Why Being Pro-Choice IS the Proper Libertarian Stance on Abortion
Formerly titled: “Where I Stand on Abortion”
The most heated debate issue right now is abortion. No question about that. If you want the back and fourth view of both stances, you should read The Abortion Epidemic. This is a personal reflection of my own stance.
The democratic slogan “My Body, My Choice” is profoundly libertarian. However, we extend that principle to all instances such as drugs and prostitution. As most people know, I am strongly Pro-Choice and vehemently against abortion bans.
What does it mean to be Pro-Choice? Pro-Choice means that the decision lies within the individual. Not the government nor anyone else. Abortion is a personal decision that is between all parties directly involved, most importantly a woman’s family and doctor, but ultimately, it all comes down to her wishes. Forcing someone to do something against their will is immoral. Forcing a woman to carry a pregnancy to term is an act of cruelty.
Pro-Choice is NOT a synonym for Pro-Abortion. That’s the first incorrect thing that people assume. Pro-Choice simply means you oppose forcing your beliefs upon others and respect their private decisions. It means someone has the choice to, or to not abort. Being Pro-Choice does not mean you condone abortion in every circumstance. It means “I have no right to tell you what to do.”
For me personally, I don’t think abortions should occur unless medically warranted, with exceptions for rape and incest. I say this because, we have so many forms of birth control for both men and women. Unwanted pregnancies are more preventable now than they ever were at any other time in history.
Where my opinion differs from Pro-Lifers, however, is that I will not guilt trip a woman, call her a murderer, or otherwise even give my input at all, if not asked. I see abortion as an obstruction of what a fetus can BECOME, rather than an obstruction of what IS. I do not equate a fetus to a baby post-birth. If it cannot live independent of the womb, it does not get rights that supersede those of the mother. Eventually, we know that a fetus will develop into a human child. That is the obvious point I make. I think about what it can become in the future. I do not focus on it’s present state nor do I deny science and compare it to a toddler. I don’t like the concept of ending life. Unlike many anti-abortion advocates, I apply this to ALL forms of life. I am vocal against the senseless slaughter of animals. I lecture those who kill living creatures for amusement — yes, that includes bugs. I try my best to apply my morals as consistently as possible.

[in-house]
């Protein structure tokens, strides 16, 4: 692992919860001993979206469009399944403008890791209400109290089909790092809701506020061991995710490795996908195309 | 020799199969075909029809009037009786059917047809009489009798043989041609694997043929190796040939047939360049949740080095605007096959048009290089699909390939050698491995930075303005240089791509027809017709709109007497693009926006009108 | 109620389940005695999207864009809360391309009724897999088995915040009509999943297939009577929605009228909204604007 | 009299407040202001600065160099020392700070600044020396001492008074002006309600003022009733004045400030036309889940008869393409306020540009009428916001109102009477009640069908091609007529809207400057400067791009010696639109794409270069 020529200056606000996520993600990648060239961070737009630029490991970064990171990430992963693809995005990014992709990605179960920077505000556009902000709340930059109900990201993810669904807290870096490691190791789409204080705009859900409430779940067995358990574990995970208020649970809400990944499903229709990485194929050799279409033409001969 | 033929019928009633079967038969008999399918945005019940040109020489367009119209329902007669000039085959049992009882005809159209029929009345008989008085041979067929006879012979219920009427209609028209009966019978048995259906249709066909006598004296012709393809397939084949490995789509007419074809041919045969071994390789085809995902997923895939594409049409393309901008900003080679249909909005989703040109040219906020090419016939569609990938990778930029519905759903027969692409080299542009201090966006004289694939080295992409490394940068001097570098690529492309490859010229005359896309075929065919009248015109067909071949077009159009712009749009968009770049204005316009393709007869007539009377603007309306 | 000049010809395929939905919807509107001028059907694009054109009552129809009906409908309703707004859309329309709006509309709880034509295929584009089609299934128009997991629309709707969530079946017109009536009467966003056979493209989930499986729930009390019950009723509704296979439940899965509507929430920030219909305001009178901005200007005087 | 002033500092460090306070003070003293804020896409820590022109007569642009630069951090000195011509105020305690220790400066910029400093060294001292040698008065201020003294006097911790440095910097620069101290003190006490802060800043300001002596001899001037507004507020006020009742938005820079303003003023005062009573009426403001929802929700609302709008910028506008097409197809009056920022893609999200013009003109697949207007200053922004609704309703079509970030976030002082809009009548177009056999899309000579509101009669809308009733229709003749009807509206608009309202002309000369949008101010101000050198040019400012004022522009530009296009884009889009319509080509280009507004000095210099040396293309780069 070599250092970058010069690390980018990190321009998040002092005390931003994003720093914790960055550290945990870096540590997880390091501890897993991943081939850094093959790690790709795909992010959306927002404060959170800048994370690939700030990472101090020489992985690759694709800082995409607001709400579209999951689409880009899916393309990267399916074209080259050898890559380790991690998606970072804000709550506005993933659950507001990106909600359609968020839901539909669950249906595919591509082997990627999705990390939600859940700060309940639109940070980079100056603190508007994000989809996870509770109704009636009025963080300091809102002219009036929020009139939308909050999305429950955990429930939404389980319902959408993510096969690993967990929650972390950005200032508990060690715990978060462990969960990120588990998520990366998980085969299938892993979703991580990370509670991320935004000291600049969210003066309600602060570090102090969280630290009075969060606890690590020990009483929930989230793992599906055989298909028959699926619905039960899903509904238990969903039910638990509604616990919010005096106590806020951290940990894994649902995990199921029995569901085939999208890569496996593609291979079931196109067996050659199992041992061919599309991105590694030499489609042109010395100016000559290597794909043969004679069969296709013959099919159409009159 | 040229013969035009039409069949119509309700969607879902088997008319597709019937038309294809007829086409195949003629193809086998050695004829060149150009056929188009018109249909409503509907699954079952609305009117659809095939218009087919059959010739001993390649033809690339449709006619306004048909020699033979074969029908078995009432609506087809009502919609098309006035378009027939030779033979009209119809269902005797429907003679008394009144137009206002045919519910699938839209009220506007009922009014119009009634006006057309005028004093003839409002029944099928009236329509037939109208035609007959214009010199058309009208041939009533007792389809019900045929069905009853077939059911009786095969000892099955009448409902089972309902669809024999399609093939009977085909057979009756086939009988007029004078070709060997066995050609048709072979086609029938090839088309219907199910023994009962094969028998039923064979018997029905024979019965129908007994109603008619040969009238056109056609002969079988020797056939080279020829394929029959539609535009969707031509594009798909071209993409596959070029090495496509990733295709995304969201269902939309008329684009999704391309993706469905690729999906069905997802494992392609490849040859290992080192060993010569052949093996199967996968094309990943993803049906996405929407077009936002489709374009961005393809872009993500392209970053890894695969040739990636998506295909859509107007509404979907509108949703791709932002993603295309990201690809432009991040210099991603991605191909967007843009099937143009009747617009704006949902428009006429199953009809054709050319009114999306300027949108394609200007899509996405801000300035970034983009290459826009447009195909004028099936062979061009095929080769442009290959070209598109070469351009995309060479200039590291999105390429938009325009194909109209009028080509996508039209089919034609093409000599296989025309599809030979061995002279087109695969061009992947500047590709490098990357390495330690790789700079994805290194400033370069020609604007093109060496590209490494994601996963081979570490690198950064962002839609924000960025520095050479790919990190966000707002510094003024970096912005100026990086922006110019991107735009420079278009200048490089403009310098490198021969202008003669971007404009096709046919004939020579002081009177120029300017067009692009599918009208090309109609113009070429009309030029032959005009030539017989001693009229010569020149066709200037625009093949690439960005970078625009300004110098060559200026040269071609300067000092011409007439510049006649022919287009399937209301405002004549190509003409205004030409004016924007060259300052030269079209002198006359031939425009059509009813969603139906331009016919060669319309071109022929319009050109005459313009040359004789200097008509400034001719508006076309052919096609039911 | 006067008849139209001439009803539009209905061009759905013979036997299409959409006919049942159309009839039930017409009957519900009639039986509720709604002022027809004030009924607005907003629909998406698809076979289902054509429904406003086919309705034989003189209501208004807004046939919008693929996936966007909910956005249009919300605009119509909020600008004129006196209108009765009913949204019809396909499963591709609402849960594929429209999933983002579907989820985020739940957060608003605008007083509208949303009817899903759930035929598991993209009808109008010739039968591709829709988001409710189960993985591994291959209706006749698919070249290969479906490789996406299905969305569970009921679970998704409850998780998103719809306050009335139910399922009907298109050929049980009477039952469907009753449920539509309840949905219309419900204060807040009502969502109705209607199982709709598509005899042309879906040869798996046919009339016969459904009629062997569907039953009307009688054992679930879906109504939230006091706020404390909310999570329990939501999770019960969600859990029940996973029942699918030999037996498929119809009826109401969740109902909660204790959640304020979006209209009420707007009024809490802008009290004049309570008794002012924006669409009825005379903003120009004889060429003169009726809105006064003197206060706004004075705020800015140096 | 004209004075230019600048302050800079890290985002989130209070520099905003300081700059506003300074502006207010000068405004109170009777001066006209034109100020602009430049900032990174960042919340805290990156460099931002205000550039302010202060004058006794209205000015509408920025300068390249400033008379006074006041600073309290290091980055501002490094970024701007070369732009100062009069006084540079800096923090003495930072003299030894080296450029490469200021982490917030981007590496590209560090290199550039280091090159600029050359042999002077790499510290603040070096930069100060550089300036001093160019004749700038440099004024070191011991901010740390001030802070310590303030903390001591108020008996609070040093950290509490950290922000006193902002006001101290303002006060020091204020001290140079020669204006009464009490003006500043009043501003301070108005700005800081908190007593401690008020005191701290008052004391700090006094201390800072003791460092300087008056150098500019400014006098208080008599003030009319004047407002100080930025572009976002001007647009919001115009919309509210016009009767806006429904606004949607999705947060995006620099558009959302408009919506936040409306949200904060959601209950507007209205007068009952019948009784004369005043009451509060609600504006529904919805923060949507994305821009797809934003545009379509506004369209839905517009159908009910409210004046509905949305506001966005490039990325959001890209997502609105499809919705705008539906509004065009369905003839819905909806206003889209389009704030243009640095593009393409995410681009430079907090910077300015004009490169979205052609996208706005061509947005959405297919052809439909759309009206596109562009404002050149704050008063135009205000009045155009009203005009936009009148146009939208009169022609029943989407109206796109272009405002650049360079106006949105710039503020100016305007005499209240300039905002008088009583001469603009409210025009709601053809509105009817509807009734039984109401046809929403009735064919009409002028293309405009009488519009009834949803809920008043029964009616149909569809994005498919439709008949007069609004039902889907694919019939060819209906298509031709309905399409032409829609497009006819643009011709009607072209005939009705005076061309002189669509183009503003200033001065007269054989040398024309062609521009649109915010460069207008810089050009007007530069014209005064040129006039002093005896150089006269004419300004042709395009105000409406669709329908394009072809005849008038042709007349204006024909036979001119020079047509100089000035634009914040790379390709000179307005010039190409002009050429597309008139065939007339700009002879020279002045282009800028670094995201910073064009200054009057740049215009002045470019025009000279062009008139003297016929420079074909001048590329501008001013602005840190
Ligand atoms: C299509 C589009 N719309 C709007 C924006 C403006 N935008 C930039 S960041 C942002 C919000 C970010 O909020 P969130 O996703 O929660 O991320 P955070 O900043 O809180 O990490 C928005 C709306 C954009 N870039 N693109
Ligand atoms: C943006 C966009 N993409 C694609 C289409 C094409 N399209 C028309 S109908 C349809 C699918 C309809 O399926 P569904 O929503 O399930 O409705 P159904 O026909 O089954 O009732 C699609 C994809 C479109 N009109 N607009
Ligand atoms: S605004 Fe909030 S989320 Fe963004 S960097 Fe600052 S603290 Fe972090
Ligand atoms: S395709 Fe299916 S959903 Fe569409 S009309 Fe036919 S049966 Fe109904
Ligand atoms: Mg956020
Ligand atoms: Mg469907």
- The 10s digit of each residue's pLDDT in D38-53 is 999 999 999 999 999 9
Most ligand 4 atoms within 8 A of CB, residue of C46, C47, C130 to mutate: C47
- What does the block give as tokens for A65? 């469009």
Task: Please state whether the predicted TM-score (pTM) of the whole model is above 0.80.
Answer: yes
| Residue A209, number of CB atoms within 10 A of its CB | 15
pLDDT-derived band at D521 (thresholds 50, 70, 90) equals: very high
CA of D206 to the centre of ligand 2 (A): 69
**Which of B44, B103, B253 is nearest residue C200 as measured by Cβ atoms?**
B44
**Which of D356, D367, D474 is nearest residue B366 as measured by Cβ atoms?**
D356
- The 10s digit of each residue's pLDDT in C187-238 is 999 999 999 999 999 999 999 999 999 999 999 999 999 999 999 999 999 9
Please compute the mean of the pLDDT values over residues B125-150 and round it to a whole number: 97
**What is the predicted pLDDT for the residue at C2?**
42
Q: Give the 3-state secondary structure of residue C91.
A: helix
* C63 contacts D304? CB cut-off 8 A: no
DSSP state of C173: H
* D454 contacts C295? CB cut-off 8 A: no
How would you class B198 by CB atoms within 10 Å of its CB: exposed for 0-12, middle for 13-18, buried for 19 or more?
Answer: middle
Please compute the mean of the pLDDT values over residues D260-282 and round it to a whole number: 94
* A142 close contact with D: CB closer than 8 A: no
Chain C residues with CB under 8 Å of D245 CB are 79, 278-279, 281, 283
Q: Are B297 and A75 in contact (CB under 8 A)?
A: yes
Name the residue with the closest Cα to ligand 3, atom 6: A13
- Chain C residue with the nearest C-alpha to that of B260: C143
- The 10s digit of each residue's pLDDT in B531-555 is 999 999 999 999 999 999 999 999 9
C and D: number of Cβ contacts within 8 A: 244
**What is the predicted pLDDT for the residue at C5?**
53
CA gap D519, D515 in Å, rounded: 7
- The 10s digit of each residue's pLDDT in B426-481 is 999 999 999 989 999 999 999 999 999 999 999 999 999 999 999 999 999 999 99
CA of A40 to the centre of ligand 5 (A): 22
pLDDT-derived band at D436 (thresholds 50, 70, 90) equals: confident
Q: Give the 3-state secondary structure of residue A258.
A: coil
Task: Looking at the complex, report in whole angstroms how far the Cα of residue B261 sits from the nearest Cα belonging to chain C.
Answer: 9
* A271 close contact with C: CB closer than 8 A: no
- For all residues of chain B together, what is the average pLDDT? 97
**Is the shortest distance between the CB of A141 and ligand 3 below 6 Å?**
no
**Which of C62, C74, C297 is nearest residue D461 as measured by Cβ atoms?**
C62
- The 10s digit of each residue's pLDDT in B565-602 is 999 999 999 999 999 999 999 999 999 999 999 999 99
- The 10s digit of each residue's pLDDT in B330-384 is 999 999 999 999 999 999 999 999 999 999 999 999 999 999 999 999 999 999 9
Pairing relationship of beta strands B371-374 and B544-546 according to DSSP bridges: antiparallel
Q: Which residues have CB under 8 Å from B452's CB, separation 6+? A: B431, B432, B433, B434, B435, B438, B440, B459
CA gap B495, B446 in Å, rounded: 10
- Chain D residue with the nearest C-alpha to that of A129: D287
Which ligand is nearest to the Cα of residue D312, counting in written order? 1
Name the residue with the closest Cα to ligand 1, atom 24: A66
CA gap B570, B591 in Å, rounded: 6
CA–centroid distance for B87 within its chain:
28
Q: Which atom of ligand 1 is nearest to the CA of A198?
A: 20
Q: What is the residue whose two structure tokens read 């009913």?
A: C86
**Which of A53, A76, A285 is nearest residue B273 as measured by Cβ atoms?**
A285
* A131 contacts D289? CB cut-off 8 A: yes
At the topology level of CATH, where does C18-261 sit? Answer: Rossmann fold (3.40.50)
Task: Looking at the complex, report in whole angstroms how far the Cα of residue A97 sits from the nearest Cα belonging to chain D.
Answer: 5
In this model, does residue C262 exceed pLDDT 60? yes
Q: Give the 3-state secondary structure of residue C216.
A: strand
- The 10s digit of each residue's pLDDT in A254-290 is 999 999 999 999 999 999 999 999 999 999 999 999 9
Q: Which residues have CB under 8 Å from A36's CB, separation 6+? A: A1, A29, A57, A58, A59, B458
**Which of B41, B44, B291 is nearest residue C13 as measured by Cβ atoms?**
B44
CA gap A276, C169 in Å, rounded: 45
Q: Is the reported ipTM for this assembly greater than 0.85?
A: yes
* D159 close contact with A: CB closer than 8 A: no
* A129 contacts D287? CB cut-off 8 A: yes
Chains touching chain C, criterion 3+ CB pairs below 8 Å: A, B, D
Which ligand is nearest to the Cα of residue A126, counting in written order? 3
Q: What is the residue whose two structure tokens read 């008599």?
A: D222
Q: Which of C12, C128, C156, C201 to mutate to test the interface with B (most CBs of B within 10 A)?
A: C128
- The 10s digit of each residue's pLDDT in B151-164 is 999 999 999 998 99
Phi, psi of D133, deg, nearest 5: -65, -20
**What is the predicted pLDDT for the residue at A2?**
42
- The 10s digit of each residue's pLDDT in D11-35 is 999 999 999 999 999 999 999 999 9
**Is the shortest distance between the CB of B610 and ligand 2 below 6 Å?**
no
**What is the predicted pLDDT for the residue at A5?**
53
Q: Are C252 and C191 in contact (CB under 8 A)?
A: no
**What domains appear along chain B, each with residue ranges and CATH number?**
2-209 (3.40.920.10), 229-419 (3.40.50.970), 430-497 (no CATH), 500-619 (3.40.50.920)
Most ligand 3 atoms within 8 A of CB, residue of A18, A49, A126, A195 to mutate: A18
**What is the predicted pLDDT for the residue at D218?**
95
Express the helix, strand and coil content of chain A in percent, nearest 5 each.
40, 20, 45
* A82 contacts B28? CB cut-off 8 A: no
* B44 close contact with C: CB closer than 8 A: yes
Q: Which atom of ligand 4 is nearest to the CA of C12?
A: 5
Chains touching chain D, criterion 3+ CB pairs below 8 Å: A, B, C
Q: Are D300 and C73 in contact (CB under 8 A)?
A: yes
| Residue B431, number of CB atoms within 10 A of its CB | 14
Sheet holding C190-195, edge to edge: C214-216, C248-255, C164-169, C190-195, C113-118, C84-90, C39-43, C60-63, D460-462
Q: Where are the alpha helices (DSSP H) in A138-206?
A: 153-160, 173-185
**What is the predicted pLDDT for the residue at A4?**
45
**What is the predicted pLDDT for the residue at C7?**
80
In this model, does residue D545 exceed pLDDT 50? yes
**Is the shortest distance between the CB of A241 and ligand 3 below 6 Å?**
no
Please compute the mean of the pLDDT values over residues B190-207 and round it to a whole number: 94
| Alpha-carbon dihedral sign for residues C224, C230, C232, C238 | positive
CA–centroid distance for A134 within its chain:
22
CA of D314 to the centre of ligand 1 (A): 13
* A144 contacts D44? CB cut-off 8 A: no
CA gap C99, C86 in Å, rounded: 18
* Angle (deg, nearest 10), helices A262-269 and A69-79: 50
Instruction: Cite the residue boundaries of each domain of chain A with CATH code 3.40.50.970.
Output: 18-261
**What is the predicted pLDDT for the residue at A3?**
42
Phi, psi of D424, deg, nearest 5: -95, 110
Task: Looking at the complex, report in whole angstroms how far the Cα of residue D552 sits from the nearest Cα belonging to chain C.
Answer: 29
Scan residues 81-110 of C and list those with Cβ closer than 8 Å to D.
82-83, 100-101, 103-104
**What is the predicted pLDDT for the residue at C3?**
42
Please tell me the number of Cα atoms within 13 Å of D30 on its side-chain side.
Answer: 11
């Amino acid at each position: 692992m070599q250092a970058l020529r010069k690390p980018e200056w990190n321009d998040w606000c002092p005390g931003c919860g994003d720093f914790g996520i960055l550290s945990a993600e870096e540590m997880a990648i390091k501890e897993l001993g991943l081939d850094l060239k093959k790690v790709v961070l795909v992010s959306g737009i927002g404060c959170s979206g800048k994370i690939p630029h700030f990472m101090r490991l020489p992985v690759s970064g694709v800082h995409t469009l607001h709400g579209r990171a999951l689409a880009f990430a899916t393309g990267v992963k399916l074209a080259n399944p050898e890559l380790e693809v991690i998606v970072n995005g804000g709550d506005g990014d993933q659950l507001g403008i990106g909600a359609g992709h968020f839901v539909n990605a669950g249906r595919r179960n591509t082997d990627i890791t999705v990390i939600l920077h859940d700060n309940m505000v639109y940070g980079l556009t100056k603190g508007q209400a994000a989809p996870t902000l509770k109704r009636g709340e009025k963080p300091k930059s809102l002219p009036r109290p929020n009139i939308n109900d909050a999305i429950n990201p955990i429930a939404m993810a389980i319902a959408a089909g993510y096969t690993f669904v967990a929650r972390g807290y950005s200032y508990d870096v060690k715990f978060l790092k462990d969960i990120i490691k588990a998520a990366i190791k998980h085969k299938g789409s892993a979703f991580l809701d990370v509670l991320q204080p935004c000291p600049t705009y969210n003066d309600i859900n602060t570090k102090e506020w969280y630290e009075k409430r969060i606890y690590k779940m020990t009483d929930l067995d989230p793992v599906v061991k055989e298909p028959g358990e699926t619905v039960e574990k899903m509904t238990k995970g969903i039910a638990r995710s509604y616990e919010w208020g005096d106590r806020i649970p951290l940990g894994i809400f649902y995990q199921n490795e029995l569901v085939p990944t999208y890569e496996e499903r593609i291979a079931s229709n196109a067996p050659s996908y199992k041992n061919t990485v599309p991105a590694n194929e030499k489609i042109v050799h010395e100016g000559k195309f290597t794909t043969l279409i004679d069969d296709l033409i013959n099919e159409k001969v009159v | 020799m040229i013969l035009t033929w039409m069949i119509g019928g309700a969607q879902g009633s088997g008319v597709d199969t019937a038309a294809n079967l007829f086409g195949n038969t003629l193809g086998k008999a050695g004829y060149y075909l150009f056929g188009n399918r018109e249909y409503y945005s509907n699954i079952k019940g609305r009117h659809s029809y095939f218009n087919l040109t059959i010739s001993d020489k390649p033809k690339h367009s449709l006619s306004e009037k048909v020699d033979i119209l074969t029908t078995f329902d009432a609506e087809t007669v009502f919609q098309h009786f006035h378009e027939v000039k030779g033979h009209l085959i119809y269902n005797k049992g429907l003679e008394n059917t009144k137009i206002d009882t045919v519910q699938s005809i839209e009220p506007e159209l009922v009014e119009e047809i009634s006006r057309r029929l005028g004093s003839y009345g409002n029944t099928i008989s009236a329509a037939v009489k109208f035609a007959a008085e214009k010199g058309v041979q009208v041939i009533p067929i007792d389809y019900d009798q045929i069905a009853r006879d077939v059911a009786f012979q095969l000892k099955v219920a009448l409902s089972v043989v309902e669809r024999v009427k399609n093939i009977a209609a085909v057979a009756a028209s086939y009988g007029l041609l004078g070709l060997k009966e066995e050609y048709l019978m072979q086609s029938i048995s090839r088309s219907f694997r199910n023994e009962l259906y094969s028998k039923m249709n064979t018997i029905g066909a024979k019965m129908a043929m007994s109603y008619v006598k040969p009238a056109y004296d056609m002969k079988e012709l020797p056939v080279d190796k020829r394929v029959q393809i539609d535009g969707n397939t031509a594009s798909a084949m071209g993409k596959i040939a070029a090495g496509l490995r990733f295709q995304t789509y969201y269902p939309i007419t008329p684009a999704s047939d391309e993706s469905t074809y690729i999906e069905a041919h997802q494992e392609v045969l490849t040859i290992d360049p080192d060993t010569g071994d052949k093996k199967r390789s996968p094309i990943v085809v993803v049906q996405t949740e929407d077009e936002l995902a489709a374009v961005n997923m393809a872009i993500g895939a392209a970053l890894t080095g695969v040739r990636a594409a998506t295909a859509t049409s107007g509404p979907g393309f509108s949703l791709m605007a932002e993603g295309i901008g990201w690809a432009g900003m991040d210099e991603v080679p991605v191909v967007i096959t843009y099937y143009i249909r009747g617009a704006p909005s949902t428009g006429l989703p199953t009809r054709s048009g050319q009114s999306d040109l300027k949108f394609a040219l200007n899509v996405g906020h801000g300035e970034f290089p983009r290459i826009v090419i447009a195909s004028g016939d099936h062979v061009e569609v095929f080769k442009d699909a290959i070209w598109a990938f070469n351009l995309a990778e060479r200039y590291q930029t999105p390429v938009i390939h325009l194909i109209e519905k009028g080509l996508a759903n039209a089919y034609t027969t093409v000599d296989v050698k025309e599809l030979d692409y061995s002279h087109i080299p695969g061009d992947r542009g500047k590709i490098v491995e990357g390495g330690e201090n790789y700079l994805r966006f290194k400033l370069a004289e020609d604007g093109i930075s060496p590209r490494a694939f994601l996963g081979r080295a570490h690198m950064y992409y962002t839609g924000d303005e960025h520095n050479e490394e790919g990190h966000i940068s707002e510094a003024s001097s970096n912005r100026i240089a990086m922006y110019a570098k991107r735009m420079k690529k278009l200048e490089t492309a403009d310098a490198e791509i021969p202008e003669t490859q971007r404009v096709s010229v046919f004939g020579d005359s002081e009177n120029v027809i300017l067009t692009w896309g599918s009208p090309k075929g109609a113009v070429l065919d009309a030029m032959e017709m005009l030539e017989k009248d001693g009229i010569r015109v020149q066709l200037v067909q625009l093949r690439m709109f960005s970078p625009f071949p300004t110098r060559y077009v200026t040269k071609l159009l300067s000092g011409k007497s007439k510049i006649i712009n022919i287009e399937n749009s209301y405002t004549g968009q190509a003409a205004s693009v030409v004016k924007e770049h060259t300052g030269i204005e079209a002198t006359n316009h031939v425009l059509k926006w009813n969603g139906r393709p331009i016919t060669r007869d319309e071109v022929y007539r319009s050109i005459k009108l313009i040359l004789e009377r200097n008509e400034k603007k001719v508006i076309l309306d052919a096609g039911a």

Do I wish abortion would cease to exist? Absolutely. But at what cost? As Larry Sharpe has said, we should work towards creating a society where women don’t want to have abortions. That means focusing on alternatives instead of creating laws that will only cause negative impact. Comprehensive sex ed and health. Education is where everything begins. We need to end social stigmas surrounding women in all instances and stop victim blaming. Saying “you should have closed your legs” is not a valid argument. Not only that, but it is extremely rude, derogatory, and assumes you know the circumstances in which the woman was impregnated. Let’s face it — you don’t.
I like to take the position that pro-lifers can live under pro-choice laws because it gives them the choice to NOT have abortions. But it cannot be the other way around. Libertarians are all about choice. The topic is way more argued than it should be. Want to decrease abortions? Support alternatives instead of attacking women who seek safe medical procedures. Lets end adoption agency discrimination against same sex couples, single parents, atheists, etc. That’s a good place to start. But the religious right would rather a child be homeless than to have gay parents. Unfortunately.
My stance is very simple, actually. I would recommend each and every alternative and hope that abortion is someone’s last resort — not their first choice. In turn, I would never mock or ridicule someone who does decide to have one. My focus is with prevention, and systemic issues. In all honesty, a woman’s abortion is none of my business, or yours. If you want to see cultural change around this issue, you must accept that bans won’t work. Start directing your attention towards helping the women who are hurting.
Then, and only then, can we achieve change.